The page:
First, we’d like to welcome you to SMS! You make an excellent point and you won)t get an atgrument from us in that regard! However in 1967 we found what “The Springfield did with 93 /KHJ offensive and a very cheap shot and compromise!
      Thanx for joining the commentary M.T, please don’t be a stranger!
      Rick/ SMS

  3. SSERENDIPITY!! JUST got this album for the “BUFFALO” collection and had NO IDEA about this song and it’s story. I’ll say that it is not one of my favs but boy Rick, you reminded me of all the nutzoid antics that were taking place in those VERY INTRIGING and ecciting days!!!!
    All Love…wood

  4. Fellas..As I recall, Bruce Palmer was mentioned last month as one of the best unheralded bass players of the 60’s, and I agree…Okay, Buffalo Springfield is one of my favorite bands of all time. Very inspirational. I can’t believe with my obsession of them that I never have heard of this contest, and I listened to KHJ and The Real Don Steele a lot. Had I been aware of that contest, I am sure I would have sent some hideous, teenage lyric in the hopes of having my favorite band write it with me and of course, make 5 G’s. I bought “Last Time Around” the day it was released. and still have it. My first listen (in an altered state of consciousness, if you get my drift) was amazing. There sandwiched between the Steven Still’s rocking “Special Care” and “Questions” came Richie Furay and “The Hour Of Not Quite Rain”. MAN, my mind was blown. I thought it was beautiful. I picked up the needle and played it like 4 times in a row. It was such a departure for them. I had no idea it was a contest winner. I break that album out from time to time to get that feeling back. Vinyl, of course.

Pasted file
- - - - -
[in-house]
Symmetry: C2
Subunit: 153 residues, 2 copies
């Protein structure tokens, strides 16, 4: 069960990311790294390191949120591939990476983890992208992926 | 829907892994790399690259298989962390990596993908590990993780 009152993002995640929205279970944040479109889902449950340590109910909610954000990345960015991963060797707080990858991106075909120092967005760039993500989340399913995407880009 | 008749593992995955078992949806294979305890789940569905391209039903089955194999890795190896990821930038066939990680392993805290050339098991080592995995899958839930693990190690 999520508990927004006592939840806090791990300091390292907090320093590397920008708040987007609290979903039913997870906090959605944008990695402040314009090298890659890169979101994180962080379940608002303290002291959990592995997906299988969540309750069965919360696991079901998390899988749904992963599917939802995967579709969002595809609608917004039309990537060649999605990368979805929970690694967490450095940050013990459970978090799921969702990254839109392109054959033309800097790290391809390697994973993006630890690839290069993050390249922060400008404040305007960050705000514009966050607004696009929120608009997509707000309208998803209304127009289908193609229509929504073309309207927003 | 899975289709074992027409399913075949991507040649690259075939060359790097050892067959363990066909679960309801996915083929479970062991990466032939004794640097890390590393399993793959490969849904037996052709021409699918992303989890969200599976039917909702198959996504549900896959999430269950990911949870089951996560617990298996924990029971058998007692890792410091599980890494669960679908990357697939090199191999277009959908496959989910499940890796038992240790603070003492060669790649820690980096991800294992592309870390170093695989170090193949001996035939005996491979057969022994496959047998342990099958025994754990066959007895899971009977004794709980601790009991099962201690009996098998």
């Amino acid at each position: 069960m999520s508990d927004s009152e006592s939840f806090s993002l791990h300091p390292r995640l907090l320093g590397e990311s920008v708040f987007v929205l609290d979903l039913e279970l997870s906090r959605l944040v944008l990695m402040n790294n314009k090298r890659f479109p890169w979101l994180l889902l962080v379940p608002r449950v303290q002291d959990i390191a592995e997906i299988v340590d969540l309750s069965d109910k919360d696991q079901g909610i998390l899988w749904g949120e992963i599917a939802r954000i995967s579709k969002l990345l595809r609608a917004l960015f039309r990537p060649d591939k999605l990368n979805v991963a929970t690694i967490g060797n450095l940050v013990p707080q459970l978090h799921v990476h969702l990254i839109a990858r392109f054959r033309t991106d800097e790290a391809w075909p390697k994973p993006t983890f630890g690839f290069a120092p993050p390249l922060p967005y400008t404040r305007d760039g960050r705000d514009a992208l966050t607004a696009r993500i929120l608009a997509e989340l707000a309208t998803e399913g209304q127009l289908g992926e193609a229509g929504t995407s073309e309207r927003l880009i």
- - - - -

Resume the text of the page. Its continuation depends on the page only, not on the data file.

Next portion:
On a side note, a couple of years ago I was music director and working on a TV show, “The Joey Canyon Show’, out of Colorado. Richie Furay was one of our guest stars. Our band backed him up on “Kind Woman” and a new song, “We Were The Dreamers”. As song about those old Poco and Springfield days. He was the coolest down to earth dude. Hanging with him for a couple of hours was the best. One of my idols. It was like being in a band with him, for a minute. That voice is still the same. it’s the old, he could sing the phone book and make it sound like it was brilliant. It was a very good day.

    • Hey Curtis,
      I’m with you, the Buffalo Springfield were everything! And yeah we cited Bruce Palmer, their original bass play as one of the most under appreciated bass player’s from the 60’s And YES, the contest really happened “In The Hour of not Quite Rain” was the winner! I hated it but, like you, I loved Ritchie’s vocals! In the early 90’s I had the opportunity to work with Ritchie and like you it was a “Pinch me and wake me up from this dream” Moment! What a great guy! On every level!
      Thanx Curtis, I always really enjoy your old band stories! Please Keep ‘em coming! So glad you enjoyed the piece!

    • Me TOO! I LIVED in my radio…how DID I not know this! May be I was one of those “BUTTON PUSHERS”!!

      • Hey Woody,
        To be honest, I was more of a KRLA 1110a.m. Or a KFWEB / 980 a.m. kind of guy, but I did listen just enough to 93 / KHJ to recall this awful promotion, which always made me “Push the button” each time “In The Hour Of Not Quite Rain” came on the air!
        Thanx Wood,

  5. Hey Steve,
    Yes, of course you are correct, but as the piece is all about their last album and to keep it simple we focused on the Jim Messina period!
    But thanx for that important detail about one of our all time faves!

  6. Just for accuracy, Bruce Palmer was the original bass player. Messina didn’t join until the last album.